Journal Article

Elizabeth I’s Former Tutor Reports on the Parliament of 1559: Johannes Spithovius to the Chancellor of Denmark, 27 February 1559

Simon Adams and David Scott Gehring

in The English Historical Review

Volume 128, issue 530, pages 35-54
Published in print February 2013 | ISSN: 0013-8266
Published online January 2013 | e-ISSN: 1477-4534 | DOI: http://dx.doi.org/10.1093/ehr/ces310
Elizabeth I’s Former Tutor Reports on the Parliament of 1559: Johannes Spithovius to the Chancellor of Denmark, 27 February 1559

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The fragmentary nature of the evidence for the proceedings of the Parliament of 1559 is one of the more obvious reasons for the continuing debate over the Elizabethan religious settlement. Philip II’s representative, the count of Feria, whose reports have been in print for more than a century, has been the primary diplomatic source. 1 As a consequence of the war with France, there was no French diplomatic representation at the English court. However, in February 1559 three further envoys arrived on relatively brief missions. George, count of Helfenstein, the Emperor Ferdinand I’s ambassador in Brussels, was commissioned to greet Elizabeth I on her accession, but also to assess her intentions over religion and marriage. He has left a reasonably well-known series of reports. 2 The other two envoys are more or less unknown, but both were Lutherans. One was Ludovico Vergerio, nephew of Pier Paulo Vergerio, spiritual advisor to Christopher, duke of Württemberg. 3 The last envoy was sent by Dorothea, the recently widowed queen of Denmark. 4 His sole surviving report is the only known commentary on the situation in England in February 1559 by a foreign Protestant observer. But he was not a stranger; he had previously been one of Elizabeth’s tutors.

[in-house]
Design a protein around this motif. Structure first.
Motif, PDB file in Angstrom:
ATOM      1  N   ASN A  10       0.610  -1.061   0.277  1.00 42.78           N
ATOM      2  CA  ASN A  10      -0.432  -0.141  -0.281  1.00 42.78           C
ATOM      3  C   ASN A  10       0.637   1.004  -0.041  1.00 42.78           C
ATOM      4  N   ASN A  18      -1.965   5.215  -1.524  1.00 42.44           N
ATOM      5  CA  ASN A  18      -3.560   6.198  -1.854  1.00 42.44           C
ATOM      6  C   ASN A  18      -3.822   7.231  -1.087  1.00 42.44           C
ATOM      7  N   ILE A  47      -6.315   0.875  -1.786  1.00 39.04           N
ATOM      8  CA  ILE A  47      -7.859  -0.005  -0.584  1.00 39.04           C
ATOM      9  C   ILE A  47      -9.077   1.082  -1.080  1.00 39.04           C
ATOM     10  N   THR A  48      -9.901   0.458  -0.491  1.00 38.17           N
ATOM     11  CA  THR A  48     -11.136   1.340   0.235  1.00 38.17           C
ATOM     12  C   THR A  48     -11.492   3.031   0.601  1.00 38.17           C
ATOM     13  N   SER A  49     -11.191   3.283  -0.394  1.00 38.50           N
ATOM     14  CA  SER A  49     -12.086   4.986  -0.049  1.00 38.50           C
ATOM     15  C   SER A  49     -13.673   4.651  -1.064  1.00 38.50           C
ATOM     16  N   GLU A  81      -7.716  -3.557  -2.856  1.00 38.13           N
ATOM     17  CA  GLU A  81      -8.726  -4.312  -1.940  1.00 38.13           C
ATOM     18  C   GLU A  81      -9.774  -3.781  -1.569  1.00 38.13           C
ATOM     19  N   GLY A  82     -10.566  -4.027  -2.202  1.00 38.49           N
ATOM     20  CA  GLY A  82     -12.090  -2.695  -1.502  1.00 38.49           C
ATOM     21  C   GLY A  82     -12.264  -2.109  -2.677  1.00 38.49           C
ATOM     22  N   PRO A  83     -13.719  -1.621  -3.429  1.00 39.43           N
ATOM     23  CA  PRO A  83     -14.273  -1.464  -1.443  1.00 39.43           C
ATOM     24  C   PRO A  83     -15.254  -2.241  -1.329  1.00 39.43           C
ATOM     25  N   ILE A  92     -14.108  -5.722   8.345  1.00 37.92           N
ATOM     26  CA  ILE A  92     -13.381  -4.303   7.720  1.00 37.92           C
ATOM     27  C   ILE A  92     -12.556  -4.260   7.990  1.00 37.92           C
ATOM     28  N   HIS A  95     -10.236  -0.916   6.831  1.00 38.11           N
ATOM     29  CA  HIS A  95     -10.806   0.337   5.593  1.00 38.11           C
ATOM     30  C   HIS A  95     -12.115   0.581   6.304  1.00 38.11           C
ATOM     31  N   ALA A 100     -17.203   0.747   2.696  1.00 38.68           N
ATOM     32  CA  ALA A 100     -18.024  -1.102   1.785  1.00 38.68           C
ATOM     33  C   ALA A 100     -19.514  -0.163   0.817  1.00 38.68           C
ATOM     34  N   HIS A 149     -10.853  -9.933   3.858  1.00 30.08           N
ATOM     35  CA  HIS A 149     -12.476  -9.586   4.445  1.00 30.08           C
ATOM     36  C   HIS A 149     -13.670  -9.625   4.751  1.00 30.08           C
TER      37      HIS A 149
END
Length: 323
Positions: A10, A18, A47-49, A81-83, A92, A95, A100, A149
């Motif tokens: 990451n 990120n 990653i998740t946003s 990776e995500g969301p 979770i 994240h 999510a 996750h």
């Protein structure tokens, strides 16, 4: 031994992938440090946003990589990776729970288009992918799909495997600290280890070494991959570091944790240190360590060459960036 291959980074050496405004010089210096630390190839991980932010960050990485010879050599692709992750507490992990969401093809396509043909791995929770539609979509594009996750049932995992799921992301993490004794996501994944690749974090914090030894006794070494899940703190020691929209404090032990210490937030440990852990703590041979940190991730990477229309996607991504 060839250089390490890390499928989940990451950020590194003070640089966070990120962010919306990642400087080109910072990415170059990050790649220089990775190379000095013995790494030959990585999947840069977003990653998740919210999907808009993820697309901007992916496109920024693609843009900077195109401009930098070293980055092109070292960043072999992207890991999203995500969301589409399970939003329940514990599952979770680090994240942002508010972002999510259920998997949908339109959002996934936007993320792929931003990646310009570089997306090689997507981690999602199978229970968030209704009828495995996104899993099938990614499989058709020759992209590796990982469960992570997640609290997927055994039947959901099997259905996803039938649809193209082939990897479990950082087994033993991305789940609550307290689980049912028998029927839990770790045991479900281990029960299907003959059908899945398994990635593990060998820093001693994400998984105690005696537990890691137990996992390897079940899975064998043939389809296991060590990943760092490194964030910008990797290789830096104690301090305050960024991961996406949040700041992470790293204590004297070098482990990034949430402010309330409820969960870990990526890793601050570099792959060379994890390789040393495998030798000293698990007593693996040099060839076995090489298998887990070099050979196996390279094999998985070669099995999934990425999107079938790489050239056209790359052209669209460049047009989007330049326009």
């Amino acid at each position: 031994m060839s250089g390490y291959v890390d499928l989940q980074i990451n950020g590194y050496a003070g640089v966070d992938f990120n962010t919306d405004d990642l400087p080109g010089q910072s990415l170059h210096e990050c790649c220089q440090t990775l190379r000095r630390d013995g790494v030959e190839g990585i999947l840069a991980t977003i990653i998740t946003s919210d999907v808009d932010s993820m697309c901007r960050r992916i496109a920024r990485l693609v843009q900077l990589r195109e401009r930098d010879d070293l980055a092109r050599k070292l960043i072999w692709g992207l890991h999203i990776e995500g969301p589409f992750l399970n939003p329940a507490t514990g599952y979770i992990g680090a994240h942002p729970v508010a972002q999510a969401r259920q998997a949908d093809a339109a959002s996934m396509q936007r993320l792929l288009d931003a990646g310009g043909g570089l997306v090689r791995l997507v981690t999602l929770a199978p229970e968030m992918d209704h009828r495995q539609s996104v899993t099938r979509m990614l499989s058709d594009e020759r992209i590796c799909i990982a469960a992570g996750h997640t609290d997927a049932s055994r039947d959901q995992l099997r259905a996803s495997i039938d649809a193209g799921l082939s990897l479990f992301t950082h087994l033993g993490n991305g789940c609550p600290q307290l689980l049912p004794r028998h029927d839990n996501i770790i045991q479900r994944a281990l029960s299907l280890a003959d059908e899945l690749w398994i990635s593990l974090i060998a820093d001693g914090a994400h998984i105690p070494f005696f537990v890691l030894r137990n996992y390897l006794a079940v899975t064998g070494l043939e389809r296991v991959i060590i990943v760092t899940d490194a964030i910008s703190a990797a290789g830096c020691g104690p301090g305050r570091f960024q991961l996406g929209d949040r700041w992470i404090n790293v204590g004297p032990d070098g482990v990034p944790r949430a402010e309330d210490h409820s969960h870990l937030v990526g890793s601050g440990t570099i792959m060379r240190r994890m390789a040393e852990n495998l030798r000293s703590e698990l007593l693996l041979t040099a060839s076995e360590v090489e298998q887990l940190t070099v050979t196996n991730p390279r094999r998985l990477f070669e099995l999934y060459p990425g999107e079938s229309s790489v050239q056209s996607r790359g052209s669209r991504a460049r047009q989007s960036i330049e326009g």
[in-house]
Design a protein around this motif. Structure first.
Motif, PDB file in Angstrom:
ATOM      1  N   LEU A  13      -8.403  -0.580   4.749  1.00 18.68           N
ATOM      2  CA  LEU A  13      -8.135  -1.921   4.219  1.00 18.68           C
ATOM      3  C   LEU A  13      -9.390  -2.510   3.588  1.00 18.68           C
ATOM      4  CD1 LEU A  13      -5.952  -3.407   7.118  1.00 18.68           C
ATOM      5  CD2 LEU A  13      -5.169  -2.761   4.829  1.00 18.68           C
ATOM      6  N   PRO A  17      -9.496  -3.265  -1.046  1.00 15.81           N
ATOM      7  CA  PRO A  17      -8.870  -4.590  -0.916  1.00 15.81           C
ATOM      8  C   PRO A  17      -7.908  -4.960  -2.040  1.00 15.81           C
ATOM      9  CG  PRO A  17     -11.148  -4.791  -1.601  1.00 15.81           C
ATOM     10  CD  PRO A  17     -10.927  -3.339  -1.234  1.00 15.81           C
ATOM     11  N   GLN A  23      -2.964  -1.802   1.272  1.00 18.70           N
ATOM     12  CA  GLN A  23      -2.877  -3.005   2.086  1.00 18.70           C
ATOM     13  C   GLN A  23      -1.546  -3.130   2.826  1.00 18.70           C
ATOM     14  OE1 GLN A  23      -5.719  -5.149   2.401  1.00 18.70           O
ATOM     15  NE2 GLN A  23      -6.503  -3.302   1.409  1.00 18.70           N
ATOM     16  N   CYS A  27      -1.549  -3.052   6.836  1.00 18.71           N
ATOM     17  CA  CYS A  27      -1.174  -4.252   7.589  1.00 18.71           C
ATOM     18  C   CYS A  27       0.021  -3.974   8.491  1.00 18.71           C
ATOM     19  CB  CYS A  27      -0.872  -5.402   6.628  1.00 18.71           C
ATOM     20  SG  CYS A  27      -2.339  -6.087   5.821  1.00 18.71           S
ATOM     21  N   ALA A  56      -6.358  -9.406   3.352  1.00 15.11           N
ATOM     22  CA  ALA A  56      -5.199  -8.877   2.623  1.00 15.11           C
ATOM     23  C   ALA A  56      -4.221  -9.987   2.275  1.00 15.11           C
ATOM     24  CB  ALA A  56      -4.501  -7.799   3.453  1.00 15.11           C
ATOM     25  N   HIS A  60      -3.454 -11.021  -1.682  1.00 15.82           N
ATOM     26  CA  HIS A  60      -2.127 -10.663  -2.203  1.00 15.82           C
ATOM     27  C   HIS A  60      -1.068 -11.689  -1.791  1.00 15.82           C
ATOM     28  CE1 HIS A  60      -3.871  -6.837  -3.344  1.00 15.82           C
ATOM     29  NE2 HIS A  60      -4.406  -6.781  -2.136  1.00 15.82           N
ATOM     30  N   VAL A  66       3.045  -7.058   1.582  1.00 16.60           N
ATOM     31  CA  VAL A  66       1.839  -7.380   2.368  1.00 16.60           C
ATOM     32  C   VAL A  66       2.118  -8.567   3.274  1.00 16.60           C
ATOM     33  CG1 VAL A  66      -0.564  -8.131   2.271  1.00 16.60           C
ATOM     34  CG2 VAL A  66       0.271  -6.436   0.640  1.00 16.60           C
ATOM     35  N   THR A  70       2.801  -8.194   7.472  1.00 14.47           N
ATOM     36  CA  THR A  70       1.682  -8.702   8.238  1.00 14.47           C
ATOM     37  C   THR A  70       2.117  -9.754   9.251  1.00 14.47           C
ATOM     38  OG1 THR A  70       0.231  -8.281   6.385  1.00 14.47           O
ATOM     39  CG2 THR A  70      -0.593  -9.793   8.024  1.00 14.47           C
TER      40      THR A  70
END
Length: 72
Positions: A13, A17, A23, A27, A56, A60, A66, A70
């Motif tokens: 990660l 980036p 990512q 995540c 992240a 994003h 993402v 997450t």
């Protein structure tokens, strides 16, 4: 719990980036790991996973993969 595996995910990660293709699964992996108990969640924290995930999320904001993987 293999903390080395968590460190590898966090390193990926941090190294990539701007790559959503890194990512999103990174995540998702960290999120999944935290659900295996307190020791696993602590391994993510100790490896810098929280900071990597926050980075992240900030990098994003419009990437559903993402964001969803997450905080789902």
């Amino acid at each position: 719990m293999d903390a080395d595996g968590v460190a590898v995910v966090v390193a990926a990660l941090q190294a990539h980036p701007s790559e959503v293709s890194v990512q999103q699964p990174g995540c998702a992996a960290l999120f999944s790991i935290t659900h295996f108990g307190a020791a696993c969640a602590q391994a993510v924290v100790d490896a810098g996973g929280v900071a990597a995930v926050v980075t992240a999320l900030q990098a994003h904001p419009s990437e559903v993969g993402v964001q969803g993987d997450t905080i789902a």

Journal Article.  10143 words. 

Subjects: British History ; World History ; European History ; International History

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